“After our meeting, we resolved that a panel of inquiry be set up to look into the activities of MASSOB in the commercial city of Onitsha and the constant clashes with traders and security agents, and anybody that is found wanting will be dealt with and expelled from the organisation. The aim is to bring sanity in the struggle; we remained the only genuine pressure group that is championing the true cause of Ndigbo and, therefore, cannot be the same to oppress them. I have ordered for immediate suspension of seven regional administrators in Onitsha because of their roles in the constant clash,” he said.
It was gathered that the affected regional administrators are Stephen Ahaneku in charge of Onitsha South, Emmanuel Omenka, Ogbaru, Vincent Ilo, Onitsha North, Donatus Nweke, Anambra West, Osondu Okwaraeke, Anambra East, and Innocent Kalu of Oyi regions.

Source: Radio Biafra.

Release bodies of our members, says MASSOB.



The Movement for the Actualisation of the Sovereign State of Biafra (MASSOB) yesterday demanded the bodies of three of its members allegedly killed by soldiers during the raid on its security office on the Onitsha-Owerri Road, Onitsha, Anambra State.

MASSOB leader, Chief Ralph Uwazuruike, who addressed reporters, said the release became imperative, following worries by the deceased’s families and MASSOB that the bodies be released for a befitting funeral, to prevent their spirits from roaming.

MASSOB also demanded the release of those arrested before, during and after the raid, who included, Friday Igiri, Kenneth Nwabueze and Ezeigwe.


The group’s leader spoke through his personal assistant, Emmanuel Omenka.

His words: “We demand the release of the bodies for funeral. We are surprised that soldiers always involve themselves in MASSOB’s affairs. For four days, they raided our security office at Mgbuka junction and arrested three of our members. They should tell us our offence.”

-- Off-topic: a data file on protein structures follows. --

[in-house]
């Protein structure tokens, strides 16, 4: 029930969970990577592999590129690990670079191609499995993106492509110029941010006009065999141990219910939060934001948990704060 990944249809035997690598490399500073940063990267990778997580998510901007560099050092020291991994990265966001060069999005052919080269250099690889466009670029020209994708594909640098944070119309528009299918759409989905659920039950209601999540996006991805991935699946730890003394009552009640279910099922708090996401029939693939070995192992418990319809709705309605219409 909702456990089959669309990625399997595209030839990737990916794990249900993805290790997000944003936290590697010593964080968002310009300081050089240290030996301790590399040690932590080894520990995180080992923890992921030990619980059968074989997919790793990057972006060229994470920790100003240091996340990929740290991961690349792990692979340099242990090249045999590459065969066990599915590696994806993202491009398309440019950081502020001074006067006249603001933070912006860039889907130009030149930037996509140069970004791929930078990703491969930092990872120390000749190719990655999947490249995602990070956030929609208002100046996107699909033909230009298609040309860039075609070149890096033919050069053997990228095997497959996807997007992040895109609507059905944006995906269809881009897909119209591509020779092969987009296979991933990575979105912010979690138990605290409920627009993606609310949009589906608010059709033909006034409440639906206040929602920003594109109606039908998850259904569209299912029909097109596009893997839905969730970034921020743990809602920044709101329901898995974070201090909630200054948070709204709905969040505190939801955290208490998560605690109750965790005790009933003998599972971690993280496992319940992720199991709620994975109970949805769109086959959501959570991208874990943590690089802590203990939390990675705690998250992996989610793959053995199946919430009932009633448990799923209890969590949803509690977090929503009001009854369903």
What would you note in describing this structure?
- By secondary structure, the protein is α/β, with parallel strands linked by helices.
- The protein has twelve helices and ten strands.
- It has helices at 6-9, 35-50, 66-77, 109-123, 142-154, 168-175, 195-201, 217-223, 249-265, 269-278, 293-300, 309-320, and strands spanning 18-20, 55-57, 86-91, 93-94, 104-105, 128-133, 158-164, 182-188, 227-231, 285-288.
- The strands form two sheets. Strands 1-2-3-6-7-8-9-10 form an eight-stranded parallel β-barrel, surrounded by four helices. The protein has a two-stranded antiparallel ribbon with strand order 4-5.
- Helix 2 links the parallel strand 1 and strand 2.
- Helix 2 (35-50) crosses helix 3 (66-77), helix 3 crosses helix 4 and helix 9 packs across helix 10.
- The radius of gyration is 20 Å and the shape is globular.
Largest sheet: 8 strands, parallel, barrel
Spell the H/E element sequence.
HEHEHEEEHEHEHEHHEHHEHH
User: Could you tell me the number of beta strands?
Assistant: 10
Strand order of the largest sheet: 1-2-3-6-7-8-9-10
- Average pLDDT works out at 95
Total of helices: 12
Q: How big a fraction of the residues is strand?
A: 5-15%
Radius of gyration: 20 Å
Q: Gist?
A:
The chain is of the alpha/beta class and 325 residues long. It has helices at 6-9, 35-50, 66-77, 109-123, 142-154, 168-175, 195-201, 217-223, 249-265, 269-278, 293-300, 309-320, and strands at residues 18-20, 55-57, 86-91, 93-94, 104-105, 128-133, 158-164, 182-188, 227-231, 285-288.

He added: “They should stop disturbing our members.”

Source: Radio Biafra.

Rethinking the Amalgamation of 1914 By Malcolm Fabiyi.


Malcolm Fabiyi

Malcolm Fabiyi

The occasion of the 100th anniversary of Frederick Lugard’s amalgamation of the Northern and Southern protectorates of Nigeria has reopened discussions about whether that action was a monumental error – one which has led to the entrapment within the same country of ethnicities that would otherwise never have been in union with one another.

There is no question that the amalgamation of 1914 was intended to benefit the British. Its goal was solely to reduce colonial administration costs by consolidating the two civil service operations of the Northern and Southern protectorates into one. Frederick Lugard, the architect of the amalgamation was an unapologetic advocate of colonial grandeur and a fervent believer in British Imperialism. Lugard served as a colonial administrator in Nigeria, Hong Kong, and Uganda – spreading his imperialist ideas and dutifully serving his Queen wherever he went. Like most of the Colonial actors of that period, Lugard was insultingly paternalistic. In his book the “The Dual Mandate in British Tropical Africa,” Lugard likened the “virtues and defects of this race-type (Africans)” to those of “attractive Children.” If there were any benefits that would accrue to the new Nigerians, those gains would be merely incidental. To attempt to interpret Lugard’s action in any other way will not be supported by the facts.